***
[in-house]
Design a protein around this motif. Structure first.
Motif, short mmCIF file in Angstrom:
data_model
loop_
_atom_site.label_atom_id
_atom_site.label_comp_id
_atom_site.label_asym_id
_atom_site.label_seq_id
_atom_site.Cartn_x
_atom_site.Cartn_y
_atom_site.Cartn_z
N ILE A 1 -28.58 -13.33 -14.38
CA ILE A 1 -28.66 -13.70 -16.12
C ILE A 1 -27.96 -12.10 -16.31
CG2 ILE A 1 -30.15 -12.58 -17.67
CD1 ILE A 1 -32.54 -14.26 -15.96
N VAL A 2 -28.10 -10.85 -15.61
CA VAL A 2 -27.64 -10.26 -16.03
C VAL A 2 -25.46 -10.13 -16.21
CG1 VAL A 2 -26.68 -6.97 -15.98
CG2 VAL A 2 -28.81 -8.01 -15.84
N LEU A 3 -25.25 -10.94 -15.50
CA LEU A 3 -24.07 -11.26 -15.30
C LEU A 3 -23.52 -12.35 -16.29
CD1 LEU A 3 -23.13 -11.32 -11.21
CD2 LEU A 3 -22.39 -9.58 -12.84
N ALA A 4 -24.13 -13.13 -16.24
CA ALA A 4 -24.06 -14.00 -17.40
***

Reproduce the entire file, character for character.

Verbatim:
[in-house]
Design a protein around this motif. Structure first.
Motif, short mmCIF file in Angstrom:
data_model
loop_
_atom_site.label_atom_id
_atom_site.label_comp_id
_atom_site.label_asym_id
_atom_site.label_seq_id
_atom_site.Cartn_x
_atom_site.Cartn_y
_atom_site.Cartn_z
N ILE A 1 -28.58 -13.33 -14.38
CA ILE A 1 -28.66 -13.70 -16.12
C ILE A 1 -27.96 -12.10 -16.31
CG2 ILE A 1 -30.15 -12.58 -17.67
CD1 ILE A 1 -32.54 -14.26 -15.96
N VAL A 2 -28.10 -10.85 -15.61
CA VAL A 2 -27.64 -10.26 -16.03
C VAL A 2 -25.46 -10.13 -16.21
CG1 VAL A 2 -26.68 -6.97 -15.98
CG2 VAL A 2 -28.81 -8.01 -15.84
N LEU A 3 -25.25 -10.94 -15.50
CA LEU A 3 -24.07 -11.26 -15.30
C LEU A 3 -23.52 -12.35 -16.29
CD1 LEU A 3 -23.13 -11.32 -11.21
CD2 LEU A 3 -22.39 -9.58 -12.84
N ALA A 4 -24.13 -13.13 -16.24
CA ALA A 4 -24.06 -14.00 -17.40